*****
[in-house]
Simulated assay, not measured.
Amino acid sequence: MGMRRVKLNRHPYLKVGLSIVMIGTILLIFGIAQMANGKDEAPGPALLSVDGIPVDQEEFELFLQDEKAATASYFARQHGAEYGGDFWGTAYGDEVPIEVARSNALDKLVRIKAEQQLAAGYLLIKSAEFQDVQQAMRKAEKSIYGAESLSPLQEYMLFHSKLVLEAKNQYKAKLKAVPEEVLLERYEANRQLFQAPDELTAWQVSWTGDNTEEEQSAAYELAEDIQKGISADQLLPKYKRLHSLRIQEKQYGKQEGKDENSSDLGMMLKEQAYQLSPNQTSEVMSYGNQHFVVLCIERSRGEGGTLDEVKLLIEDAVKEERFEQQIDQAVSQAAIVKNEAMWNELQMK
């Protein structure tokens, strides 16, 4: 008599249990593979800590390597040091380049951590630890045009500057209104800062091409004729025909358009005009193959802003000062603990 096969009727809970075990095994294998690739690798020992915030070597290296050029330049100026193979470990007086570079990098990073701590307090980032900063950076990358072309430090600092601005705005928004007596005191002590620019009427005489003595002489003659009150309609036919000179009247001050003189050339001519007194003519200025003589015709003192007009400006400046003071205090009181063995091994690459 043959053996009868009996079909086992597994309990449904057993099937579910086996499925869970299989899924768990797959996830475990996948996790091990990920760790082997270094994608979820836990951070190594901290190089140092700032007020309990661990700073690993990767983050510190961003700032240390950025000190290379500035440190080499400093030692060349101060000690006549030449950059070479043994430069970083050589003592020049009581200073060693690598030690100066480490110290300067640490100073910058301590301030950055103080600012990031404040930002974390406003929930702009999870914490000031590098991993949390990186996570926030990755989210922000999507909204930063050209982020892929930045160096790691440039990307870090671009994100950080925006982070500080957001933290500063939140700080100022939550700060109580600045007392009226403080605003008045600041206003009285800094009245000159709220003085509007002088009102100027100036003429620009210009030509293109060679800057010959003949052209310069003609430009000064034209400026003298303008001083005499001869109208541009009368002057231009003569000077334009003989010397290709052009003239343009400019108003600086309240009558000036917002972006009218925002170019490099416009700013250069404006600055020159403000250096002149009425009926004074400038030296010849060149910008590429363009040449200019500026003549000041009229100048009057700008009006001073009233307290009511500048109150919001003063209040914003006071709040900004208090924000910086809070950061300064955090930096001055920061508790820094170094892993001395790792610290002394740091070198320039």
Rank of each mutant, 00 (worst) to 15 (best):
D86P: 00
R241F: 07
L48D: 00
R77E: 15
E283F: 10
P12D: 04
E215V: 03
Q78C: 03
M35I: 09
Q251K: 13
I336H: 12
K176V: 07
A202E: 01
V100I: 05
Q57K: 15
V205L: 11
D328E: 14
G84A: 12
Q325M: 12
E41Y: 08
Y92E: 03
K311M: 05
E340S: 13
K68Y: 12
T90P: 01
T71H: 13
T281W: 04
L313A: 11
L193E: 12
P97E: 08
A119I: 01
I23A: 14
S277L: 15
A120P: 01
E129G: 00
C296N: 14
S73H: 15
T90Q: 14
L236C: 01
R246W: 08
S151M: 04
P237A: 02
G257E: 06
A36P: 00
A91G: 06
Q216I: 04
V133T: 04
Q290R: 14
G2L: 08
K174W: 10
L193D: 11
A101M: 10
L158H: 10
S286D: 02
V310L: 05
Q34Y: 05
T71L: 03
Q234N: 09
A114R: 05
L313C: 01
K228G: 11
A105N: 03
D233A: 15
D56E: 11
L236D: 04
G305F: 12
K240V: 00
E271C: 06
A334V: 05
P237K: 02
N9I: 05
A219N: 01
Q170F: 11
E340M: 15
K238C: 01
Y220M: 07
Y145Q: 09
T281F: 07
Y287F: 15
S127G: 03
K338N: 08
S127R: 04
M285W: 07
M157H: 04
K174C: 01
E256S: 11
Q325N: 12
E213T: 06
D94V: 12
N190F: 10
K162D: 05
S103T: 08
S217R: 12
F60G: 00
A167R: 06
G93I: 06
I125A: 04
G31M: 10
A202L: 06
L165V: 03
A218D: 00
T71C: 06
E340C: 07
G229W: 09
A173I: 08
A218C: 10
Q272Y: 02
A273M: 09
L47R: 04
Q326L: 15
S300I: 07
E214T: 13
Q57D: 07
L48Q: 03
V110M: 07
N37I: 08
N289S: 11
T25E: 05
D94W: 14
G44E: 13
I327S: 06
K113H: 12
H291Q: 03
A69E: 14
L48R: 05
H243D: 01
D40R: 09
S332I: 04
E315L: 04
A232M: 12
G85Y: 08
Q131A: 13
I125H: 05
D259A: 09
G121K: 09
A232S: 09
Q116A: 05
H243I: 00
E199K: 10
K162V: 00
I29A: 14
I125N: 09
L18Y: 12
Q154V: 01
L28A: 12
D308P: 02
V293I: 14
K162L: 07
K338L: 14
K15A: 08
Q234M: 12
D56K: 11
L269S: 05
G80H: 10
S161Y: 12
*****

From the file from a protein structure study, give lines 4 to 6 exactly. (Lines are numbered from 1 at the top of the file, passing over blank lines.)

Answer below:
């Protein structure tokens, strides 16, 4: 008599249990593979800590390597040091380049951590630890045009500057209104800062091409004729025909358009005009193959802003000062603990 096969009727809970075990095994294998690739690798020992915030070597290296050029330049100026193979470990007086570079990098990073701590307090980032900063950076990358072309430090600092601005705005928004007596005191002590620019009427005489003595002489003659009150309609036919000179009247001050003189050339001519007194003519200025003589015709003192007009400006400046003071205090009181063995091994690459 043959053996009868009996079909086992597994309990449904057993099937579910086996499925869970299989899924768990797959996830475990996948996790091990990920760790082997270094994608979820836990951070190594901290190089140092700032007020309990661990700073690993990767983050510190961003700032240390950025000190290379500035440190080499400093030692060349101060000690006549030449950059070479043994430069970083050589003592020049009581200073060693690598030690100066480490110290300067640490100073910058301590301030950055103080600012990031404040930002974390406003929930702009999870914490000031590098991993949390990186996570926030990755989210922000999507909204930063050209982020892929930045160096790691440039990307870090671009994100950080925006982070500080957001933290500063939140700080100022939550700060109580600045007392009226403080605003008045600041206003009285800094009245000159709220003085509007002088009102100027100036003429620009210009030509293109060679800057010959003949052209310069003609430009000064034209400026003298303008001083005499001869109208541009009368002057231009003569000077334009003989010397290709052009003239343009400019108003600086309240009558000036917002972006009218925002170019490099416009700013250069404006600055020159403000250096002149009425009926004074400038030296010849060149910008590429363009040449200019500026003549000041009229100048009057700008009006001073009233307290009511500048109150919001003063209040914003006071709040900004208090924000910086809070950061300064955090930096001055920061508790820094170094892993001395790792610290002394740091070198320039």
Rank of each mutant, 00 (worst) to 15 (best):
D86P: 00